As a result of this attention, however, he became the target of investigators and went on the loose. And that’s when the payment platforms blocked the PAC, leaving Krason in the lurch.
Its memo told the Federal Election Commission that the platforms had chosen “to unilaterally and without notice cancel the processing agreement and to cut off all access to their platforms following the events of January 6…in Washington DC and to refuse to work with PAC to meet its compliance obligations.”
“The PAC team” was working to obtain donor information from payment processors, he wrote, adding that the group would file an amended report as soon as the information was received.
And while it’s possible that this information was all released in the committee’s January 6 subpoena, it may not be. That’s because PAC might not even be on their radar.
It may be somewhat surprising to see that the “Stop the Steal PAC” has received almost no money, despite the popularity of the movement, the fervor of its adherents, and the success of other fundraising efforts for the same cause. . The tens of millions of dollars that Donald Trump’s campaign apparatus sucked up at once provides the most notable contrast, as the groups were trading the same lies with the same general audience.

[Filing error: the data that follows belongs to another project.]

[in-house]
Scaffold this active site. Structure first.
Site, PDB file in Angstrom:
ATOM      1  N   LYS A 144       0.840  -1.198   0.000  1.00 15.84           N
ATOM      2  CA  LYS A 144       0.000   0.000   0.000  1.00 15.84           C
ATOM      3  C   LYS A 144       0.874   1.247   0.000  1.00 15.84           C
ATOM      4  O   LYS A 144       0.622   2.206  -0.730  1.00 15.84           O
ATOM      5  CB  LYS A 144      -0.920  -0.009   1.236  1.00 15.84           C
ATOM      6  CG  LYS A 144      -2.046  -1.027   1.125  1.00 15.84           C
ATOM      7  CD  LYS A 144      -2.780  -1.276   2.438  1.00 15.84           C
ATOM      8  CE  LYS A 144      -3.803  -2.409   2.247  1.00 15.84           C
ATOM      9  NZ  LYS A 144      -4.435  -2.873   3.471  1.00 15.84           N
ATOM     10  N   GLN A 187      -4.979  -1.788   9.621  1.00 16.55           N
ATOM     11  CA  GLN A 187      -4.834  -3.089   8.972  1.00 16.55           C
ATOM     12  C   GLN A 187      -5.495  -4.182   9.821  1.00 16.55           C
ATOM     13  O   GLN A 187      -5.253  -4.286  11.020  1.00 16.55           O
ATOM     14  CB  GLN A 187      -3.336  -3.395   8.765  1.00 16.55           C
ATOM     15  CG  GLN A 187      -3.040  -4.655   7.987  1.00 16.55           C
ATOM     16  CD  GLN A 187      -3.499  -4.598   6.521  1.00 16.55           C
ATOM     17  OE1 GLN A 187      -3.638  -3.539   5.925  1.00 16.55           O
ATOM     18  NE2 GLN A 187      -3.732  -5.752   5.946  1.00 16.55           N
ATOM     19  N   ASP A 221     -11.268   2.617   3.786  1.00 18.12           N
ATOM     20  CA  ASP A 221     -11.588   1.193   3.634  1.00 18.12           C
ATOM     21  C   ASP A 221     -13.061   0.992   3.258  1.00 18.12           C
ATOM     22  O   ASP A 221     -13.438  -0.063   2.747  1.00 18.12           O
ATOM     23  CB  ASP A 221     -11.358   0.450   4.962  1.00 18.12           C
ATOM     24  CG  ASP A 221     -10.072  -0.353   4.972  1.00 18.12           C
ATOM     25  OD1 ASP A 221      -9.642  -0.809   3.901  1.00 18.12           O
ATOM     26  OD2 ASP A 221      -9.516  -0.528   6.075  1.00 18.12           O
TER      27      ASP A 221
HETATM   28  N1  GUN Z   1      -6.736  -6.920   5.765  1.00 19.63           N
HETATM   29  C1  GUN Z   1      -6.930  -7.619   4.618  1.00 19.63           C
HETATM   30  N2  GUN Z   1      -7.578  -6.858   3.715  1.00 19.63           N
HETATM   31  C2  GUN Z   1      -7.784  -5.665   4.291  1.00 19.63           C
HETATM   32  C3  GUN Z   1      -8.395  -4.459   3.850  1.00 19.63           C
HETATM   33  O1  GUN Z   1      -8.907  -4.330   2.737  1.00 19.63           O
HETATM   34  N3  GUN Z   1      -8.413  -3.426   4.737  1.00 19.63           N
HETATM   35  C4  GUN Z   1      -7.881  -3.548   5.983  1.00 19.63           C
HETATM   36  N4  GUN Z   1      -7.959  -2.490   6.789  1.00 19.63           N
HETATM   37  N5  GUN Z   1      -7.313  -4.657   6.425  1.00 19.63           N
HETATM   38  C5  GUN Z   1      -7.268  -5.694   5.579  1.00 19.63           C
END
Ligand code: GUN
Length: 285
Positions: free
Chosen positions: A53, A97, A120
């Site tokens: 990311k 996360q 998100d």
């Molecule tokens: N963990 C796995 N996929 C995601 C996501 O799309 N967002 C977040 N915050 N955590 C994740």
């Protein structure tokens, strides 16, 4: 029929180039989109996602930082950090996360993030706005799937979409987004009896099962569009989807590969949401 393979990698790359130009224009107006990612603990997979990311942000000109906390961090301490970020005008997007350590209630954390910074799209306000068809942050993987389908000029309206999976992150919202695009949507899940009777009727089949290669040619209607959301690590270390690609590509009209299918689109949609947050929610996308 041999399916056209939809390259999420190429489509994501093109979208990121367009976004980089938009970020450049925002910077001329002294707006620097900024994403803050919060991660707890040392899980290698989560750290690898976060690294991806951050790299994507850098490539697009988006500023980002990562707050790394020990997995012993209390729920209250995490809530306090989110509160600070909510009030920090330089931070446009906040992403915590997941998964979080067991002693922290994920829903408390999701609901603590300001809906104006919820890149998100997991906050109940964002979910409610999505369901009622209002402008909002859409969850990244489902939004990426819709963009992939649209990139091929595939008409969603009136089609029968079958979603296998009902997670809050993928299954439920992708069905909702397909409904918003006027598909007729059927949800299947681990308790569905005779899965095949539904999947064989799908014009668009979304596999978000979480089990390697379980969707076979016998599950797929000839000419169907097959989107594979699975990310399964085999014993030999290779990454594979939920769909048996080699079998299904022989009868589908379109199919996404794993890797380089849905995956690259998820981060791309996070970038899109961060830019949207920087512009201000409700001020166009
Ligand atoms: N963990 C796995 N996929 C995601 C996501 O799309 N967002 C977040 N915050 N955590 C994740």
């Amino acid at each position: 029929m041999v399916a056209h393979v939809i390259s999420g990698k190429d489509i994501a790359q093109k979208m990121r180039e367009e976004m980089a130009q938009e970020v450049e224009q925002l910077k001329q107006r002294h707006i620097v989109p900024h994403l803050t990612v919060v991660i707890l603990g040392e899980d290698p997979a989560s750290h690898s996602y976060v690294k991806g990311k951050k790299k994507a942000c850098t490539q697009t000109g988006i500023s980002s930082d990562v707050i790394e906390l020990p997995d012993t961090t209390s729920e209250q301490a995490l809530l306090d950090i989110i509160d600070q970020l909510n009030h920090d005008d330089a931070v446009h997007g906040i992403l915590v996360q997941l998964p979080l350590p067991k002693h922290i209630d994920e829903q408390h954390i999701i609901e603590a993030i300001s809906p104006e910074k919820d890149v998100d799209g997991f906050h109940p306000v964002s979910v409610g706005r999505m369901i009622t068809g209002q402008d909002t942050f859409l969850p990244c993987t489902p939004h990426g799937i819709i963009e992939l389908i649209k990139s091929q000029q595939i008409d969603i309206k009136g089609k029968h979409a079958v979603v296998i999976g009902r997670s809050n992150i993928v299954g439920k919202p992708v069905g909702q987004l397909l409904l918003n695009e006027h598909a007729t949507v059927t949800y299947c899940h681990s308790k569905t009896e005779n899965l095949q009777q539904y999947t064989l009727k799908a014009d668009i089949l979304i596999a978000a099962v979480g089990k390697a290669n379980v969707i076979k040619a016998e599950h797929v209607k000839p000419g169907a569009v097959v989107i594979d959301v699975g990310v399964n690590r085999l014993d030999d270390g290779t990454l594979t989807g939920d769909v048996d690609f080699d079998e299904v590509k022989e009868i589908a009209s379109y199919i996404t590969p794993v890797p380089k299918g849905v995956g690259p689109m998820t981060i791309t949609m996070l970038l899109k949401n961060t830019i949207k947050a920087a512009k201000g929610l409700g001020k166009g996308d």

But when the PAC was launched, the organization “Stop the Steal” was describe as “a collection of disgraced right-wing internet personalities”. And while Alexander’s name now appears in mainstream press and network news, on the eve of the riot, he largely operated on the fringes.
Moreover, Alexander’s name has never been linked to the PAC in official documents. His friend Daniel Bostic, a budding model and actor whom Alexandre has helped promote along with a number of bogus Bostic “celebrity” fan websites and Twitter accounts – was listed in the original organizational documents, however. And website data shows that the “Stop the Steal PAC” site is owned by Alexander’s company, Vice and Victory.
But Alexander took action after the riot to cover those digital leads, interference domains for many websites he owned.